The significance of this method is that it really does put human beings at the centre of ‘making history’. Social development is shaped by the outcome of these struggles, and this is never predetermined. Instead, the result of any conflict is influenced by a range of factors: the economic ‘weight’ and political strength of the rival classes, their internal solidarity, the cohesion provided by commonly held ideas, the strength of their leadership and their ability to make common cause with other classes or elements in society or alternatively the degree to which they are internally divided, enervated by traditions of deference, badly led or isolated. For Thompson, the history of actual class struggles can neither be unravelled nor understood without concrete analysis, and attempts to short-circuit this ‘end up by explaining nothing.’ Thus we find him insisting that ‘every real historical situation’ arises ‘from a particular equilibrium of forces,’ and that concrete analysis of the various competing forces, and the particular equilibrium of forces at key moments, play a major role in his histories.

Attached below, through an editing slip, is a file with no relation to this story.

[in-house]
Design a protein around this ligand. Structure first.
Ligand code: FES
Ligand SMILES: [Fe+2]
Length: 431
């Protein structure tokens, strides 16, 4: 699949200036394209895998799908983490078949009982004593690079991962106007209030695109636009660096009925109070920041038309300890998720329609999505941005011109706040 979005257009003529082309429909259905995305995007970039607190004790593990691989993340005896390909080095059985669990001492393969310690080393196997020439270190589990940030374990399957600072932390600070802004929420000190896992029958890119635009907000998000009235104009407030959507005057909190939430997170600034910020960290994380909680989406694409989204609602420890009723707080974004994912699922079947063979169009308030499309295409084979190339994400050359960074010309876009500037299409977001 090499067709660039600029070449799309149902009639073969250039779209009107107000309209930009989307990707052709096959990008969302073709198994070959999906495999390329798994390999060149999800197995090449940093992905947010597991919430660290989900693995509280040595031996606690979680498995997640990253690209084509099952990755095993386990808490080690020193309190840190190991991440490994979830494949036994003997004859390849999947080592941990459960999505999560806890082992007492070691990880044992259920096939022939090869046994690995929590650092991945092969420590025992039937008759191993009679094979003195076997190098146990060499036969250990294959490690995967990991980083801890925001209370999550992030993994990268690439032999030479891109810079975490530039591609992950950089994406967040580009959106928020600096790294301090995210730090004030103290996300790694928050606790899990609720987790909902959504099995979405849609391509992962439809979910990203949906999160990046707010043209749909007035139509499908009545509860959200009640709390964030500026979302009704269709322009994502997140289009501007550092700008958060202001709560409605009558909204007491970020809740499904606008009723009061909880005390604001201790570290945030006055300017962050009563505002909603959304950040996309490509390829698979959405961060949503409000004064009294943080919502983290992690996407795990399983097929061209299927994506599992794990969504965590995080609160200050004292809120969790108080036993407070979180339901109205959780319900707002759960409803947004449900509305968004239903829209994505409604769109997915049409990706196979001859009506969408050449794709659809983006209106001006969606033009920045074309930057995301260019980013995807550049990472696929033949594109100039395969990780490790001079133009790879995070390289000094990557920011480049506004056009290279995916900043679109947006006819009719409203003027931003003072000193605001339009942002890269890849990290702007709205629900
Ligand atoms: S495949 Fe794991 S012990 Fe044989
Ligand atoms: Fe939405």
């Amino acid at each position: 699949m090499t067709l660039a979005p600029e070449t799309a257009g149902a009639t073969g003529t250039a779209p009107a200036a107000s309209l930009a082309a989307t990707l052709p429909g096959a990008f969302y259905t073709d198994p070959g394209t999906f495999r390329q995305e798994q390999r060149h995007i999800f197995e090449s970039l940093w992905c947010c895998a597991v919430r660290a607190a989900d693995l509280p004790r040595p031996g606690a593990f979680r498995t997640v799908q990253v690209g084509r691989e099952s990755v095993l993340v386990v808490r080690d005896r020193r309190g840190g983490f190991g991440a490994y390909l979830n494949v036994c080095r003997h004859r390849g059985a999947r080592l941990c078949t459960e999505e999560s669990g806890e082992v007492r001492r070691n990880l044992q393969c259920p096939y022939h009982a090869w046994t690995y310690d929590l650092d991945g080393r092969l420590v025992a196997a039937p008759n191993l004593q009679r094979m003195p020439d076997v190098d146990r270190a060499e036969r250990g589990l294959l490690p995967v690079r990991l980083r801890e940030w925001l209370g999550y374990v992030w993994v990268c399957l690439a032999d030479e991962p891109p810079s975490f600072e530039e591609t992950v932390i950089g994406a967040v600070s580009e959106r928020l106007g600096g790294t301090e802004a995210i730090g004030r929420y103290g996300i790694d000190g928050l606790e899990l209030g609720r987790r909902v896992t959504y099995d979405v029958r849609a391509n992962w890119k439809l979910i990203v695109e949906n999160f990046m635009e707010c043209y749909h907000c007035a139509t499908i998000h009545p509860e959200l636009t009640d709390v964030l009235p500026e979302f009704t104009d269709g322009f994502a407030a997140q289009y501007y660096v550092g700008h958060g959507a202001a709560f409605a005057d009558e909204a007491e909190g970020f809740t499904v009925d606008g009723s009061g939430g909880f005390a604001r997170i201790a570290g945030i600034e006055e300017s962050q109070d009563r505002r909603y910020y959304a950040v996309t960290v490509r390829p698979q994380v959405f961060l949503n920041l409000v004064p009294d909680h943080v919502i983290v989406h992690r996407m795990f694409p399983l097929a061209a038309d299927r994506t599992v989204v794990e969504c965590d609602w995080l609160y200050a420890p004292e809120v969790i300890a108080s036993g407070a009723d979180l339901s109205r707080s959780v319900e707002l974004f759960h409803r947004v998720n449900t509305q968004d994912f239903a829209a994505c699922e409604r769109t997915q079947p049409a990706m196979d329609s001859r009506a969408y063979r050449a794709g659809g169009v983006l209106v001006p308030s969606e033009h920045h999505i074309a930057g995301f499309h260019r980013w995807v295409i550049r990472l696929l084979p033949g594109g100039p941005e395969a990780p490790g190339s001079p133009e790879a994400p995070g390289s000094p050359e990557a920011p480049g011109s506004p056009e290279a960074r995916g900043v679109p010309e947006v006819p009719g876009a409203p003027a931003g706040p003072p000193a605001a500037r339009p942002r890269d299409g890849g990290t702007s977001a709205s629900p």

In Whigs and Hunters, this is evident at many levels. A localised rebellion gave rise to a turning point in English law because the king’s deer were involved, because Walpole, a new Prime Minister was eager to consolidate his power, because the authority of the government was undermined at a moment when it had become tenuous as a result of the collapse of the South Sea Bubble. Thompson also speculated that it was the collapse of the Bubble that had impoverished many of the forest gentry and made desperate their struggle to defend traditional usages. On another plane, the ‘Black Act’ crystallised the prior development of a ‘Whig state of mind’ that saw defence of property as the highest duty of the state, to the point where human life itself had been severely devalued. So when the immediate crisis in the forests passed, the 1723 ‘Black’ Act was entrenched in English law, its already wide scope extended. At another level again, the skilful politician Walpole used or manufactured Jacobite conspiracies with links to the Blacks to bind Parliament and the ruling class more firmly behind his new laws. Thus a turning point in legal history arose from both the prior development of capitalist relations, and the particular conjunction of economic and political circumstances and the way people fought out their rival claims. This ‘victory’ for England’s capitalists became an element in shaping the future, as it was then used for another hundred years to terrorise those who lacked sufficient respect for property.